So, any successful attempt to deliver the promises of COP26 and hit net zero emissions within a generation – which all UK devolved governments and most Scottish local authorities are signed up to –depends heavily on addressing the role of private vehicles.
Persuading the public to transition from petrol and diesel cars to electric alternatives has long been talked up as a silver bullet.
Certainly, electric vehicles are far better for the environment, and they tend to be newer and have all the attractions of a modern motor, and all with ranges which are increasing dramatically.
But they are no less guilty of causing congestion and the manufacturing process is just as environmentally unfriendly.
There’s also the question of charging infrastructure.
The Scottish Government is right to have set a target to phase out new petrol and diesel cars by 2032, but if all of Scotland two and a half million cars are replaced with EVs, the draw on the grid, the infrastructure and the cost are going to be enormous.
There’s also an affordability barrier, with it still being noticeably more expensive to buy an electric car than one powered by traditional sources.
So why accept the status quo, that we need to replace these cars like for like, when whatever environmental mitigation EVs can offer, still won’t be enough to make the changes needed in the time we have?
The whole transport infrastructure needs to be revolutionised to make the necessary difference - it’s not just about reducing particular emissions from particular vehicles.
It’s about changing behaviours, improving the way people move around, and creating ways to enhance cities, towns and villages, and the methods by which we connect them.
After all, simply substituting petrol and diesel cars for electric alternatives won’t address problems with congestion, parking and safety.
This is where shared transport comes into play.
If we persuade people out of their private cars, the obstacles around chargepoint infrastructure, cost and electricity supply will be easier to overcome.
Despite challenges posed by the Covid pandemic, the number of people signed up to car clubs schemes rose to 30,617 in 2020 – a rise of more than a fifth.
That alone resulted in 5,177 fewer cars on Scotland’s roads.
For every car club vehicle on the road, a further ten private cars are taken off the road.
That means less congestion on the road and Fewer cars mean more space on pavements and outside shops and schools – all important areas which many communities are keen to reclaim.
And these vehicles are more likely to be electric – such as the all-electric car club introduced in Falkirk last month and managed by Co Wheels.
Those involved in car clubs are also more likely to walk and cycle, and by giving up ownership of a private car to join a car club, there are significant financial savings to be made too.
At Collaborative Mobility UK (CoMoUK), we want to see these social, environmental and community benefits in every part of Scotland. To make this a possibility, we want car clubs, bike sharing, shared rides and demand responsive transport, across rural, island, suburban and urban areas in Scotland. Part of this shift can come from mobility hubs, which are so successful in the way they’ve transformed the lives of people and businesses in parts of Europe.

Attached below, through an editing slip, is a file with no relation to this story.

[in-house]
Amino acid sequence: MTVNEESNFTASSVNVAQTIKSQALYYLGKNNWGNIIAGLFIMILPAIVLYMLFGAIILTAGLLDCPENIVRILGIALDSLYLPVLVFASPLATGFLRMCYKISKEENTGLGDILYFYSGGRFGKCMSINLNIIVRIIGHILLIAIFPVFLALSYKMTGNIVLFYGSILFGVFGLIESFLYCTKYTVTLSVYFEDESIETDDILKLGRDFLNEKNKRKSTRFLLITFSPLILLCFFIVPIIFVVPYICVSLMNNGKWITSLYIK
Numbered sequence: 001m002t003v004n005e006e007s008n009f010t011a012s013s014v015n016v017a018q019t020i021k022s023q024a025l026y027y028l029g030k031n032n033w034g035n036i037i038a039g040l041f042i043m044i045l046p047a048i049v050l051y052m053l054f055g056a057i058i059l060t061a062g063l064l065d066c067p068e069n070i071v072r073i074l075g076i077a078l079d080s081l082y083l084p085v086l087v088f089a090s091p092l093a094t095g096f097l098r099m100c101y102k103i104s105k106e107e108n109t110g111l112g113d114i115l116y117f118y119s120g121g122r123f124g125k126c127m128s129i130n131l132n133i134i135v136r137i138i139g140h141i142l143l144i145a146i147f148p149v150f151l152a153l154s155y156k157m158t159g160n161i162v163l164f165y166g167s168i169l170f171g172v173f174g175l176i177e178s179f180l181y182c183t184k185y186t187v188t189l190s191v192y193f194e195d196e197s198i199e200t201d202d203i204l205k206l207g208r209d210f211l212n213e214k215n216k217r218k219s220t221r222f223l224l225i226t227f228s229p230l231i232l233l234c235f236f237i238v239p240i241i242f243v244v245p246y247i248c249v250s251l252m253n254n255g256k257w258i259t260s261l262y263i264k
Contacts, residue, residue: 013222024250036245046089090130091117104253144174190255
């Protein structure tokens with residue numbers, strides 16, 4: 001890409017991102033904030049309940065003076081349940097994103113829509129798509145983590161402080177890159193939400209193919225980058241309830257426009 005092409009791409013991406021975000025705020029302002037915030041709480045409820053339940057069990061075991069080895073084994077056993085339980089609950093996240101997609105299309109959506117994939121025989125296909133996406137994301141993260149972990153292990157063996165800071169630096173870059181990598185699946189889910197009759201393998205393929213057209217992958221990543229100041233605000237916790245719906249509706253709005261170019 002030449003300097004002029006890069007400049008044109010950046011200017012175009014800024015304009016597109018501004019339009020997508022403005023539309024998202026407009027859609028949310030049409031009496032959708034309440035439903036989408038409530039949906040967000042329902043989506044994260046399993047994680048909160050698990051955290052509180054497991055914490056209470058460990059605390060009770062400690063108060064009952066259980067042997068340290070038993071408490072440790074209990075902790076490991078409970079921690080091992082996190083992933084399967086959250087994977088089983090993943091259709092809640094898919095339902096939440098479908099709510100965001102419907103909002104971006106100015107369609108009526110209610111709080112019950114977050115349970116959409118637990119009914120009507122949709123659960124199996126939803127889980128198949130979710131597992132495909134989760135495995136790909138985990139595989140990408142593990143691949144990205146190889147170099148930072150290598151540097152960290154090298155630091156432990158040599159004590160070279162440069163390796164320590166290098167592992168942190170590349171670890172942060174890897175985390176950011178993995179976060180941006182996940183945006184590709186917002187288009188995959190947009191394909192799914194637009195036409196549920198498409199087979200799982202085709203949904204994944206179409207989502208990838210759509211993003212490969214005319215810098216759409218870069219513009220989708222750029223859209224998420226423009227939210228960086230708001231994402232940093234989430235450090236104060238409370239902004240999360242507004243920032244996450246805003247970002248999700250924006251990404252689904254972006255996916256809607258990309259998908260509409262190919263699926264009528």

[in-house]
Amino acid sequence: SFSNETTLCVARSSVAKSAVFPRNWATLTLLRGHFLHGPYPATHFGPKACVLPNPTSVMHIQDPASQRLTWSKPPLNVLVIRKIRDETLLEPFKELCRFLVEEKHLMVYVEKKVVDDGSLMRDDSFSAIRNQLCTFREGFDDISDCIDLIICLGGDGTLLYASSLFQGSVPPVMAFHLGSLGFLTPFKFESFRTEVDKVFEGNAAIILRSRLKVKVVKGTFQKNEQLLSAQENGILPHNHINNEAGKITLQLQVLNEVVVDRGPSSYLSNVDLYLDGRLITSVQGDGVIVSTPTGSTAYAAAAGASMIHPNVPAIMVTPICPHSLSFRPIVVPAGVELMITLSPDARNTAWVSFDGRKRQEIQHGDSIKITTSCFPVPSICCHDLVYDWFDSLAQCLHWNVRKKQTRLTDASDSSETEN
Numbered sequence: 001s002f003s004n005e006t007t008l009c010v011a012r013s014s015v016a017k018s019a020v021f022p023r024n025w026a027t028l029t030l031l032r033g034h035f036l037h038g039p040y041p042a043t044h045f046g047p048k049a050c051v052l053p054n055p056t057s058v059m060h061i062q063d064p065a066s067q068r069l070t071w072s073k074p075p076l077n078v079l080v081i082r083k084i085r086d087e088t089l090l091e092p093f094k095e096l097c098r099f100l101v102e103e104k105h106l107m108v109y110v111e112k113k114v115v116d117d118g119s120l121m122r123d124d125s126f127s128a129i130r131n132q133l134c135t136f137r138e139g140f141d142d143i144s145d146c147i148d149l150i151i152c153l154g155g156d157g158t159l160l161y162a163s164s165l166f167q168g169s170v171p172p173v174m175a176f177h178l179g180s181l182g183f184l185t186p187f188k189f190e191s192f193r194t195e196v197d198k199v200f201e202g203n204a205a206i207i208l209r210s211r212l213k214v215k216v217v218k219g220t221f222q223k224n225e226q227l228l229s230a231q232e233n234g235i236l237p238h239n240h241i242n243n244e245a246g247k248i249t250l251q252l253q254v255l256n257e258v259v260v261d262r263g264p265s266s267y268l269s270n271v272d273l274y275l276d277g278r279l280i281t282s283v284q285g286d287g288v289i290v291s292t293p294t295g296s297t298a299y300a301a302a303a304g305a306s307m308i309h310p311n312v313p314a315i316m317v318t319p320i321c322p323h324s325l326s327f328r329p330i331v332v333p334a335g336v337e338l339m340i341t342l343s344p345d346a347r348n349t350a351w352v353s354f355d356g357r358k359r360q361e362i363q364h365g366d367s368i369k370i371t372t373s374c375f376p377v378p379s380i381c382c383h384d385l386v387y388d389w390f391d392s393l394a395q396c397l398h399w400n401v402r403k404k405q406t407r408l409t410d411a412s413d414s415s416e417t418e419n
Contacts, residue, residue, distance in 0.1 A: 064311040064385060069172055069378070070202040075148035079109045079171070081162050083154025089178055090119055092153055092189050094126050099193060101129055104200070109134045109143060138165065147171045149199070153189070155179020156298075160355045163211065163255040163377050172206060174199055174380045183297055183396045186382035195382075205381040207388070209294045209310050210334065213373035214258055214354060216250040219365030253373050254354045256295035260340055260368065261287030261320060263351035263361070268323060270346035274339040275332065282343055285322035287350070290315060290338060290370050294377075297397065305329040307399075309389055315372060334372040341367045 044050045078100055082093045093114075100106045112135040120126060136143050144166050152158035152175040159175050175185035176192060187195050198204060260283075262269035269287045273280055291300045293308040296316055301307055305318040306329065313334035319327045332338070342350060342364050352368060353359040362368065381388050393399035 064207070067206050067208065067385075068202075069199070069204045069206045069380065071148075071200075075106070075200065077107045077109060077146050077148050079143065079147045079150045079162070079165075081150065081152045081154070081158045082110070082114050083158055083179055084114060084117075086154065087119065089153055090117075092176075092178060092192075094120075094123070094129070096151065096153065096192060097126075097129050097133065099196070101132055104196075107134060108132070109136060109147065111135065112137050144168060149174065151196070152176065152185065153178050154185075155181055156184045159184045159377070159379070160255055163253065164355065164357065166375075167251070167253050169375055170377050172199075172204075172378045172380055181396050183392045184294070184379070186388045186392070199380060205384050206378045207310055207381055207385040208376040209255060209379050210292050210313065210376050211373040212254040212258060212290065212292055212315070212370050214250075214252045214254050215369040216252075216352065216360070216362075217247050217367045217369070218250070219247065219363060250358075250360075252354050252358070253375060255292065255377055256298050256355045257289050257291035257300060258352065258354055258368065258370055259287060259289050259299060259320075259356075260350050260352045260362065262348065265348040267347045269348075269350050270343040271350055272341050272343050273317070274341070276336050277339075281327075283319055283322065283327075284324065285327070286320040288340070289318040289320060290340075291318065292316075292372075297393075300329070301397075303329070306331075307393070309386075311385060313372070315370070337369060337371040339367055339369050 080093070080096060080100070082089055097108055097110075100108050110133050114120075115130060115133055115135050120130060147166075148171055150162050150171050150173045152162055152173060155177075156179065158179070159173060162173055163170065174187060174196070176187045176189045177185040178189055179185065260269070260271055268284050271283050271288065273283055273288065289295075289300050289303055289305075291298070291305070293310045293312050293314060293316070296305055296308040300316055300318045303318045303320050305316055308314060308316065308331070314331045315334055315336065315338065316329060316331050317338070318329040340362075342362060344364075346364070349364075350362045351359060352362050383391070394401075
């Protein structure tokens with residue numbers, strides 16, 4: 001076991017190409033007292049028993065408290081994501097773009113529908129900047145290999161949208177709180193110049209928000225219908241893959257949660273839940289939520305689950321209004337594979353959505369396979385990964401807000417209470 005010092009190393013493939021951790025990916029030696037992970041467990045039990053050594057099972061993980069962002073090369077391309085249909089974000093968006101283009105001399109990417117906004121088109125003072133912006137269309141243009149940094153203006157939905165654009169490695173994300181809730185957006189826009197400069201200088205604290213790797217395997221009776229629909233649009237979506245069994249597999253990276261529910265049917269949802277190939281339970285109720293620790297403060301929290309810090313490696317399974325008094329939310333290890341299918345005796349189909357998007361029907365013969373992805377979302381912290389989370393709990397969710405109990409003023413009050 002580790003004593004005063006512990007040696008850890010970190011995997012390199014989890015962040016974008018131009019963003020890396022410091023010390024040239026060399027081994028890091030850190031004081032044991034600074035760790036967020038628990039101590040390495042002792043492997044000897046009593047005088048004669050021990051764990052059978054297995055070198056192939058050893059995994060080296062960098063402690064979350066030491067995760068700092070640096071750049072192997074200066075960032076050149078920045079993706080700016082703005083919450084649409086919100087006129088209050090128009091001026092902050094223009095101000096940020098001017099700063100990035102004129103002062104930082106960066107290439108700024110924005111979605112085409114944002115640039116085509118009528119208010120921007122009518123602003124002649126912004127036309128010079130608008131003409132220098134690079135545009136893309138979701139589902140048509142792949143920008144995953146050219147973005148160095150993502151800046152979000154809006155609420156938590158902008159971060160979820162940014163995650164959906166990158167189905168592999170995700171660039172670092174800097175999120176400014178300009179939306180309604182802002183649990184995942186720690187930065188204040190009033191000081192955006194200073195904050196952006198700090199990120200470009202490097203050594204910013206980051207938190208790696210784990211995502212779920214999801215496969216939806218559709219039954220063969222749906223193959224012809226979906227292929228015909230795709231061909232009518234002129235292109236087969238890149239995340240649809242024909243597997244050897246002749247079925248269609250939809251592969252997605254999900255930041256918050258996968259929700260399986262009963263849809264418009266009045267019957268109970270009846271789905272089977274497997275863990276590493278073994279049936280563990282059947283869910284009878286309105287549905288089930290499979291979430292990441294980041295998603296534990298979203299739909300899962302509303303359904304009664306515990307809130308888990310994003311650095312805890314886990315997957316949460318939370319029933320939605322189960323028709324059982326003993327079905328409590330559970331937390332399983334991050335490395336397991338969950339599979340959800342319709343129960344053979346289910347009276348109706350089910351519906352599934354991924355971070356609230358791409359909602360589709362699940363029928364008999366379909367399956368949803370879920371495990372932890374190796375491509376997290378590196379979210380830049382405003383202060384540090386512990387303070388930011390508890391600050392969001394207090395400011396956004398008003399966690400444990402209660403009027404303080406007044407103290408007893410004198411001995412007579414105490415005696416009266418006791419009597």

They bring together public transport links, shared transport options, and even community facilities that improve the immediate surroundings.
For instance, you can go to the same place to hop on an electric bus, train or tram to the next town.
You can access a bike-sharing or electric car-sharing initiative.
Perhaps you’ll enjoy some of the greenspace or community facilities that will have been gained.
CoMoUK believes mobility hubs can be a much needed shot in the arm for Scottish high streets. In international examples, we see local businesses or organisations which are utilising the newly-created resource, keeping their spending for the local economy.
Both the Scottish and UK governments are keen on these hubs – one has already opened in a suburb of London and one is being introduced in Musselburgh in East Lothian.
They bring energy and excitement to urban centres, and provide new opportunities and connectivity for the more deprived areas which are so often cut off from prosperous parts of town.
But these possibilities don’t need to be limited to mobility hubs.
Bike-sharing schemes have proved popular across the UK since they increased in visibility.
Our research shows when they are boosted by promotional offers from councils and government, like discounts and free periods of use, they get ever more popular.
They save users money and, as our studies have also revealed, often result in people going off to buy their own bike, so enthused are they by their new-found way of travelling about.
And as everyone knows, more cycling doesn’t just take cars off the road – it saves users money and has statistically proven benefits for both physical and mental health.
Following on from COP26, people are looking around for ways of ensuring a legacy for Scotland, so ministers are to be applauded for their boldness on electric vehicles, and we will work with them every step of the way to help that along.
But it is boldness when it comes to our relationship with private car ownership which truly holds the keys to a greener future.
Rachael Murphy is Scotland director of the shared transport charity, Collaborative Mobility UK (CoMoUK).